*  in Nairobi, we have had access to amazingly resourced schools. Esther and Ben finished their 2 terms at Braeburn school on Friday and despite all the teething problems in settling in, it has been so good for them and opened their eyes to a whole set of new possibilities.
* not speaking Swahili. People here are mostly fluent in English, so I am already losing my grasp on Swahili as I use it less and less. Those who do speak Swahili mix it up with English and other Kenyan dialects, so it is quite different from Tanzanian Swahili.
*Even the climate is different, with lots of rainy, overcast days and chilly mornings and cold nights at Nairobi's high elevation.
*Fashion is different in this big city from sleepy Dodoma! When I got here, I looked in vain for colourful kangas,  for the traditional East-African-style kitenge dresses and the bold, loud style of African print clothes. I was taken aback at the western dress styles and the smart fashion. My wardrobe suddeenly seemed terribly out of place. My sandals which handled the dusty paths of Dodoma now seemed like ungainly, ugly footwear. I often felt out of place in my Dodoma outfits, in my long skirts which were ideal for more conservative Dodoma but looked old fashioned in Nairobi.
* Church has been a new experience here. Like Tanzania, there are many Christians, but the choice of English-speaking services to attend is vast, unlike Dodoma. In Nairobi, we chose to attend an international fellowship located at a Nairobi American school. There are so many willing people passing through Nairobi that we have not needed to get involved, which was good for us to have a time of rest for a short while, to simply be part of the congregation, whereas in Dodoma, if  I wanted Sunday School for my kids, I had to lead it. Here, an amazing team of people have kept my kids entertained in their various age-appropriate classes for fun Sunday school sessions! We have traded the traditional cathedral in Dodoma for a modern, trendy church setting in a smart, swathe theatre, with state of the art lighting and sound system and a team of enthusiastic youthful musicians:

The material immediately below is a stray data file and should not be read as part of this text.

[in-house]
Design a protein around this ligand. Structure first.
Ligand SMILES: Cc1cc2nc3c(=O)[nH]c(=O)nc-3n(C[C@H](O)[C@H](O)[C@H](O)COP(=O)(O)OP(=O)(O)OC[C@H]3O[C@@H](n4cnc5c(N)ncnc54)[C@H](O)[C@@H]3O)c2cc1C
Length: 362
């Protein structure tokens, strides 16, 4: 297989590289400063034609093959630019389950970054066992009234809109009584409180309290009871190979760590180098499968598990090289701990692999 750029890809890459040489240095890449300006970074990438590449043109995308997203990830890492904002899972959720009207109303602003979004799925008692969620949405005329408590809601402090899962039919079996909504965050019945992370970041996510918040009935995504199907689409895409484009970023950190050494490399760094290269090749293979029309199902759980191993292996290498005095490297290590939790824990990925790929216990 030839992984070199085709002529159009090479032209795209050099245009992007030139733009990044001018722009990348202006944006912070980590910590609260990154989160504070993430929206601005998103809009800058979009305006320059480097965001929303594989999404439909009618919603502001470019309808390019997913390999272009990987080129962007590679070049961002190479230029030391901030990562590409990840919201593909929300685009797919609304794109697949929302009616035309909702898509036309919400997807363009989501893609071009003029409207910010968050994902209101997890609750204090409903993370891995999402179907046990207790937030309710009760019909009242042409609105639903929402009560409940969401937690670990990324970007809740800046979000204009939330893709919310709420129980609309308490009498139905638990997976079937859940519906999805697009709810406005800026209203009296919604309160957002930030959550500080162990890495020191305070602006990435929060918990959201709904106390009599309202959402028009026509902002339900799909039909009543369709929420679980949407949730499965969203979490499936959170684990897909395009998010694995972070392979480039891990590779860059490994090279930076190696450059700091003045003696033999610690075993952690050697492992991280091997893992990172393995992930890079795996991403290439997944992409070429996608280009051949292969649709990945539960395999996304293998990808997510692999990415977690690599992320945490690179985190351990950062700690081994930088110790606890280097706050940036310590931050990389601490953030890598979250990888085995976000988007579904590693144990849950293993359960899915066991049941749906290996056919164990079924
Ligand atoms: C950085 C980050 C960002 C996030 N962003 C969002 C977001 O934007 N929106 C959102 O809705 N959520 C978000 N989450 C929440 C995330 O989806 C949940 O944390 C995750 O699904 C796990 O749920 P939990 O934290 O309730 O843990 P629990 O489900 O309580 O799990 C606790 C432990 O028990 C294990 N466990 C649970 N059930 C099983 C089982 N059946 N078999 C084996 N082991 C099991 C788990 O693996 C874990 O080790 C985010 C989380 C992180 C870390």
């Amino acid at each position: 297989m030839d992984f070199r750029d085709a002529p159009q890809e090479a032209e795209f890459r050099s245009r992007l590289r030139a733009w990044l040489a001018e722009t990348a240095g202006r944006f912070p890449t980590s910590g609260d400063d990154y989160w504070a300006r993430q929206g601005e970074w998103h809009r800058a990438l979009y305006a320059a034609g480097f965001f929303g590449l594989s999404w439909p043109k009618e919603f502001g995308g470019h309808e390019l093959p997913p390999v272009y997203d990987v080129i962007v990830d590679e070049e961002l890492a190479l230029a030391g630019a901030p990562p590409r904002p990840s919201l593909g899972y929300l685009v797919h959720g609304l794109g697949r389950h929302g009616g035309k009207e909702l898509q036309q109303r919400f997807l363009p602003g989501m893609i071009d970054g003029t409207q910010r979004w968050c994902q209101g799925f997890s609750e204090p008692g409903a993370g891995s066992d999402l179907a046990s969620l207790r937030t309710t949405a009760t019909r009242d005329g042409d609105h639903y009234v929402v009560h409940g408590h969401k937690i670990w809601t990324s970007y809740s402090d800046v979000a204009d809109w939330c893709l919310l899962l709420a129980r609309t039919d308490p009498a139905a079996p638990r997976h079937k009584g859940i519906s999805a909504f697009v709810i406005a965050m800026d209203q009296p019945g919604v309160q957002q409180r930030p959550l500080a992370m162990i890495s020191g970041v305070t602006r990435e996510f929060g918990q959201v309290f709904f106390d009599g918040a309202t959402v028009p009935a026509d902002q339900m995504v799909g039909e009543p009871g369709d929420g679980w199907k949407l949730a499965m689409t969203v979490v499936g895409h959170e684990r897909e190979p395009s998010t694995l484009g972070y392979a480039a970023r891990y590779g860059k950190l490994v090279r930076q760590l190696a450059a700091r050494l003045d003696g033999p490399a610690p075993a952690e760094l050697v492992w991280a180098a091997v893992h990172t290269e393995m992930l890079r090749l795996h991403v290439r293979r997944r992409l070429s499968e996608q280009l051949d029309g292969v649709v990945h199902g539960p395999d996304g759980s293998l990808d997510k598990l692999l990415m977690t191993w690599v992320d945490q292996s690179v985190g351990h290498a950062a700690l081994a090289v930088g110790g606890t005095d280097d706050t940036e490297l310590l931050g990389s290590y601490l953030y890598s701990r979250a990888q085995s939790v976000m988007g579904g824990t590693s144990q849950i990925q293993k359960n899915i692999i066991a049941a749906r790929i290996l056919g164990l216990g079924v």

These are some of the main differences... However, I have found aspects here that make me feel more "at home" with what I have known of living in East Africa. The friendly nature of most Tanzanians (not all, but many!!) that I met is also evident in Kenya. In general, people are happy to chat and have time for people. I can go out with Joel for a short walk to buy some milk and be quite some time as we are greeted by so many people. Friendly smiles and welcoming handshakes are such a wonderful part of the warmth of Africa, which I always miss when I go back into a western context.
The rich, earthy smell of the rain approaching is the same here as Dodoma. There is nothing like the scent of rain in the air in Africa- my children always tell me when rain is coming, as we smell it before we see it! It is a welcome and sweet, heavy scent, bringing relief from the heat and wetness for thirsty ground. Likewise, the intense heat on a hot Nairobi day is simply African, burning into us with a scorching sensation on our skin, which is certainly not an English experience!
The deep ochre redness of the soil in parts of Tanzania is echoed here in Nairobi. Its colour is reminiscent of sunset hues, but despite its beauty, the stains it leaves on the clothes of my little boys, who love to play in it, are hard to wash out.  The mess it makes on my floors from the muddy, bare feet of my children takes real effort to clean up!
On the other hand, the shocking potholes on some of the roads here give me a different type of reminder, as they bring back my driving days in Tanzania!

There are also reminders of some of the harder issues we saw in Dodoma. I still see the poverty that bothered me in Tanzania. Nairobi is not developed for everyone. Daily, I see struggles on our doorstep, contrasting with the wealth that is portrayed from the large homes and fancy housing compounds concealed behind high walls, with security guards on patrol.